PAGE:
DENVER — A cold front will bring a little snow and strong winds to the Denver metro area late Wednesday afternoon and evening.
The National Weather Service out of Boulder said the main hazard with this storm is the "possibility of snow squalls, blowing snow and low visibilities," which will lead to hazardous driving conditions in the mountains.
Roads around the Denver metro area, where less than an inch of snow is expected, may be snow-covered and slick by Wednesday evening into the next morning.
Snow will develop in the mountains Wednesday starting around 4 p.m., bringing brief whiteout conditions especially along Highway 40.
Traveling in the mountains may be difficult Wednesday evening, when snow will be the heaviest. In places above 9,000 feet, NWS estimates that 3 to 6 inches of snow will fall. The mountain valleys will see roughly 4 inches.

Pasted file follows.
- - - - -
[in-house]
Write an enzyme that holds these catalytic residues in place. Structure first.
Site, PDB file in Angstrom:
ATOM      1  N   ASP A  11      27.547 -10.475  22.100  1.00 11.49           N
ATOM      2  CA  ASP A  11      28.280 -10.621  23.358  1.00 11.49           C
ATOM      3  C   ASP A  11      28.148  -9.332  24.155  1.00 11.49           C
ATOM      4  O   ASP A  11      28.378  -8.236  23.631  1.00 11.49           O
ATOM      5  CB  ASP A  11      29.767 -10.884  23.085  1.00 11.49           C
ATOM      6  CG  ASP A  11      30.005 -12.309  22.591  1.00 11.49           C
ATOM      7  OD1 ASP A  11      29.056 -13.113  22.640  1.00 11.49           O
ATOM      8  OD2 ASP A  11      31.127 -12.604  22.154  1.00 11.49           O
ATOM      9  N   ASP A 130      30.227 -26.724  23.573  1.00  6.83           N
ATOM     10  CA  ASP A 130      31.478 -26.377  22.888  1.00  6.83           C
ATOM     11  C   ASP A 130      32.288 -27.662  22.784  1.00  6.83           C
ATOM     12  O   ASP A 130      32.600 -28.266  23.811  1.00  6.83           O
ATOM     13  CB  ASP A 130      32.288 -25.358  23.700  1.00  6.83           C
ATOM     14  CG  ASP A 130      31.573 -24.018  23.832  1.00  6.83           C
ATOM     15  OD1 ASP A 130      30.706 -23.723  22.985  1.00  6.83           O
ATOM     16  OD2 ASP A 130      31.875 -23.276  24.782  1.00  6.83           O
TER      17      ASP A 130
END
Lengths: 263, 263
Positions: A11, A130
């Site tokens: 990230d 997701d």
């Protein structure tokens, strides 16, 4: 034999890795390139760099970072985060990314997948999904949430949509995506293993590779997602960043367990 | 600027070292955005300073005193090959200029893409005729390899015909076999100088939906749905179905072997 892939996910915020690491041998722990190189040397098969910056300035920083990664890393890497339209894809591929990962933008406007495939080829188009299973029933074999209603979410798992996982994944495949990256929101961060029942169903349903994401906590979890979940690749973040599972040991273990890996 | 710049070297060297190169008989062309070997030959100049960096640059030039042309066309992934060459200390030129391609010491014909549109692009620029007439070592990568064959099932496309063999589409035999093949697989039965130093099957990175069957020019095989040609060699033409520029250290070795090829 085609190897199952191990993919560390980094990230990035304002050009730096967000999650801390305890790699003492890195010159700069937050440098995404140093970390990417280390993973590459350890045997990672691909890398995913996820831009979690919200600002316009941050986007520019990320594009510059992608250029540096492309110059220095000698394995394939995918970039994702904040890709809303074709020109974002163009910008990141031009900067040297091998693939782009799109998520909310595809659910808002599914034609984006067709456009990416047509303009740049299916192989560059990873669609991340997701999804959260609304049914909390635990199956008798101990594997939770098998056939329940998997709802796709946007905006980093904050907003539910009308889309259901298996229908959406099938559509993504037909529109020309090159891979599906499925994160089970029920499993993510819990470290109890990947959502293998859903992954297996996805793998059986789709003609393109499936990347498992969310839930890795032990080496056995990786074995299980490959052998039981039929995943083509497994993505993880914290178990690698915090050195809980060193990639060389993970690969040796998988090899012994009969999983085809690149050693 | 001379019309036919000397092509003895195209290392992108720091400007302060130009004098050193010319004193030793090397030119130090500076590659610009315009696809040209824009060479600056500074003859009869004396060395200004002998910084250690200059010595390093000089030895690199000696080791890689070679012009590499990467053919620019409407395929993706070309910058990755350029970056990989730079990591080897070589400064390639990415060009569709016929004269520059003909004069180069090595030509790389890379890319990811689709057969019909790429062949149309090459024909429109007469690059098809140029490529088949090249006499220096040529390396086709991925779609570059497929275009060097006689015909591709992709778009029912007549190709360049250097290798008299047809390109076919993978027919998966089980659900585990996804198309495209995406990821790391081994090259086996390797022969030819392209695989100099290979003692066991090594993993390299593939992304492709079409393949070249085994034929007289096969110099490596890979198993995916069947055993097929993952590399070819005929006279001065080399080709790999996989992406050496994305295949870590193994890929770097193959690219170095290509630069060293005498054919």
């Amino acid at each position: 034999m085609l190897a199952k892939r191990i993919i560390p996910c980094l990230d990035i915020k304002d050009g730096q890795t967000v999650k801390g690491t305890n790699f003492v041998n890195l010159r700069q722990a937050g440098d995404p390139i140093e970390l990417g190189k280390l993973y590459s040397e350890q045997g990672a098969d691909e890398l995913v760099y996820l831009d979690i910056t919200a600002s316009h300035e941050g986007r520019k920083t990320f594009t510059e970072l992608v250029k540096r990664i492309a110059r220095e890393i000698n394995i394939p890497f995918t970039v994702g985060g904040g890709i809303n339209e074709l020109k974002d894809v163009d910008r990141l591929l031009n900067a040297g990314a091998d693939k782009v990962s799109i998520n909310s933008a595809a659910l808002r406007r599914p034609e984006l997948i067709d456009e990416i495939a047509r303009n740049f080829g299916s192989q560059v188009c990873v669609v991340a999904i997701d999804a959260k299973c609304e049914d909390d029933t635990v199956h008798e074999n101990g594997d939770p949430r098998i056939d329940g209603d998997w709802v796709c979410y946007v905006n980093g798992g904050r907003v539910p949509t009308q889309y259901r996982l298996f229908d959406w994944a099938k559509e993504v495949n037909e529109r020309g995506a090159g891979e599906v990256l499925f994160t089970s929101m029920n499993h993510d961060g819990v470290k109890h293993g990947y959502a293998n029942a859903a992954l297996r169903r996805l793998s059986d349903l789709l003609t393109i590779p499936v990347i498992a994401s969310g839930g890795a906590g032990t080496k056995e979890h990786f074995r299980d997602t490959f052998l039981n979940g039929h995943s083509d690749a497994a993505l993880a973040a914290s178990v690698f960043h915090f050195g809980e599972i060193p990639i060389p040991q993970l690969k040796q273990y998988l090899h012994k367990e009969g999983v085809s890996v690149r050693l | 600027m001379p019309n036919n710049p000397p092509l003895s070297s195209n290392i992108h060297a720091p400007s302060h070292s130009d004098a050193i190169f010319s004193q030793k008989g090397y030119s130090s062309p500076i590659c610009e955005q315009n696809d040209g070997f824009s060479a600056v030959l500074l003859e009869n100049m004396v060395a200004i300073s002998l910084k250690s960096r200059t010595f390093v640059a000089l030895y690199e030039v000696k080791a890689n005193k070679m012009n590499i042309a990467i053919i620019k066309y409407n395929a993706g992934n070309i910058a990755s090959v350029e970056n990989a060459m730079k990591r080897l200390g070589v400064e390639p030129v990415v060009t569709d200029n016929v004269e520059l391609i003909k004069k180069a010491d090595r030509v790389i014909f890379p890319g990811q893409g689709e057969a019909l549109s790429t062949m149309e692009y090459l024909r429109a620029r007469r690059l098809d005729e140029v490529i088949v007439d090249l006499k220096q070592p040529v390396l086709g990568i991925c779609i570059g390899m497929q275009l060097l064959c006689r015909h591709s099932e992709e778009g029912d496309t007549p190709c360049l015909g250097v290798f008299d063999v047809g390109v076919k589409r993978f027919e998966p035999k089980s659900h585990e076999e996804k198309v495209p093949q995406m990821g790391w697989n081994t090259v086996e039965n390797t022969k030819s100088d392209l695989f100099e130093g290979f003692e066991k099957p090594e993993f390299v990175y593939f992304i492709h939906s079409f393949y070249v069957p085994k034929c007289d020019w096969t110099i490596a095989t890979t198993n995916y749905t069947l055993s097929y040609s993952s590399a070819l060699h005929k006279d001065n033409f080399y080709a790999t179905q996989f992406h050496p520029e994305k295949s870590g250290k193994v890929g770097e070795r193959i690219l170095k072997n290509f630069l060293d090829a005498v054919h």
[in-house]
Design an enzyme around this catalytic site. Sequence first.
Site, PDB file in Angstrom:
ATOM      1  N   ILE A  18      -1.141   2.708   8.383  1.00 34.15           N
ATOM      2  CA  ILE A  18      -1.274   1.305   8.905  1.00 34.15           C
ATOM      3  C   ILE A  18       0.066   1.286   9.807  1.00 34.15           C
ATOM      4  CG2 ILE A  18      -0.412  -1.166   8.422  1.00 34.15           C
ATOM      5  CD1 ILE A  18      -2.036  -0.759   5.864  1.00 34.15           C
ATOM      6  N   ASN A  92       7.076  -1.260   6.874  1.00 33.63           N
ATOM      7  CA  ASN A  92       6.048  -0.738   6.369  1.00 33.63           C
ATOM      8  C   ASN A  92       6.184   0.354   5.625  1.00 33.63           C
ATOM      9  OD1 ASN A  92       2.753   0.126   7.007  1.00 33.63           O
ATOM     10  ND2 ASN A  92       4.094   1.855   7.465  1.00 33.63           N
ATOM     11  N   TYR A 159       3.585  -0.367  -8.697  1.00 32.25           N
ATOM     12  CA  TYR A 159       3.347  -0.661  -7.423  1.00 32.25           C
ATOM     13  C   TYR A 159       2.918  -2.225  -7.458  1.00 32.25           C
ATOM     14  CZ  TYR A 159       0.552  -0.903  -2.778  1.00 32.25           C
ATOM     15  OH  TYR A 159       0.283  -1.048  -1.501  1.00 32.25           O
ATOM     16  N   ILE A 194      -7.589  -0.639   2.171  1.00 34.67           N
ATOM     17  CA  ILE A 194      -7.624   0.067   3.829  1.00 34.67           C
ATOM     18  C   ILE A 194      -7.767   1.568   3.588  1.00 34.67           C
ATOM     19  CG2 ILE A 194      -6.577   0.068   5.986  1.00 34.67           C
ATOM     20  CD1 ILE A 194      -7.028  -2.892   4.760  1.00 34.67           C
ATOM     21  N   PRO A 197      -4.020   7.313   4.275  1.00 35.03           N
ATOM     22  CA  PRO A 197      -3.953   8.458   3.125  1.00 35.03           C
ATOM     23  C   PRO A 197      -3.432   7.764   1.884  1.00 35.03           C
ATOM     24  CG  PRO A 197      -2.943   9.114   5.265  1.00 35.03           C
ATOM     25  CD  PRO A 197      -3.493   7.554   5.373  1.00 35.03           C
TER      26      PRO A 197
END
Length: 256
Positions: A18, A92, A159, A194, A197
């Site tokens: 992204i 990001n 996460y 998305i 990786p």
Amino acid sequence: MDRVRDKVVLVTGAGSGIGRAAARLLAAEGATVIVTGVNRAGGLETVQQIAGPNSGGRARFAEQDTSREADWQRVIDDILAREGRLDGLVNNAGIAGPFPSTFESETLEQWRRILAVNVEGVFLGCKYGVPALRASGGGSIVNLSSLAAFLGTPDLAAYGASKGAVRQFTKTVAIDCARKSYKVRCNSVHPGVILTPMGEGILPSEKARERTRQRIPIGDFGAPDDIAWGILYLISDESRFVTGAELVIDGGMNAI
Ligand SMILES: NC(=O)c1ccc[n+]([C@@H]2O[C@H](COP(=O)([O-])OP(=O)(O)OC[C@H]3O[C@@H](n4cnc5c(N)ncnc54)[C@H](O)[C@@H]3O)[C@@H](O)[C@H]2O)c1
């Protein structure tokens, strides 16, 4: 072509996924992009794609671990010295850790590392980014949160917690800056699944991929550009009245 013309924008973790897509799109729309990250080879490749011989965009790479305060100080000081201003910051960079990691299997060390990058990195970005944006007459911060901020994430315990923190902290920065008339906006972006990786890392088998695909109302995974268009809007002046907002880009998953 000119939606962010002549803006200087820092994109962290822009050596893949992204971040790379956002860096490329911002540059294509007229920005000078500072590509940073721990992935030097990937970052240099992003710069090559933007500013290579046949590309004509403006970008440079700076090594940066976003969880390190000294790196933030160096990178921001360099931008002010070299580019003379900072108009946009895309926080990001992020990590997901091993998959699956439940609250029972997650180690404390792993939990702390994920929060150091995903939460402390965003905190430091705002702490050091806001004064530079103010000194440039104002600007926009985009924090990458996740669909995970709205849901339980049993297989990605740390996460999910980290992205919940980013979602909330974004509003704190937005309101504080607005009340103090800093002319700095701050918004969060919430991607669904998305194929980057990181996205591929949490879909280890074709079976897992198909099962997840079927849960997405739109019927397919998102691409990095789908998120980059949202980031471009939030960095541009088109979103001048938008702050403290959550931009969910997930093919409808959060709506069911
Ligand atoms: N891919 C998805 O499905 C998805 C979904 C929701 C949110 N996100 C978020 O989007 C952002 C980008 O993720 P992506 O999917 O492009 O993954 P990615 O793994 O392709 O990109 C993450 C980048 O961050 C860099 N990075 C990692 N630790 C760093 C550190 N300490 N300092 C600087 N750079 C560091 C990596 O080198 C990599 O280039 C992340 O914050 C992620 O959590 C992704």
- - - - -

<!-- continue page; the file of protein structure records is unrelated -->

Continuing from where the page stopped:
On the eastern plains, scattered snow showers and windy conditions will come behind the cold front, NWS reported. Less than an inch is expected on the plains, with up to 2 inches on the Palmer Divide.
By Thursday morning, the snow will decrease in the mountains.
The main issue on the plains is the strong northerly winds on Thursday, though gusts will stay under 60 mph. With wind chills, temperatures will drop to 10 degrees or even -10 degrees Thursday morning. Highs will only reach into the mid 20s to low 30s in northeast Colorado. Mountain valleys could see lows as cold as -20 Thursday night, according to the NWS.
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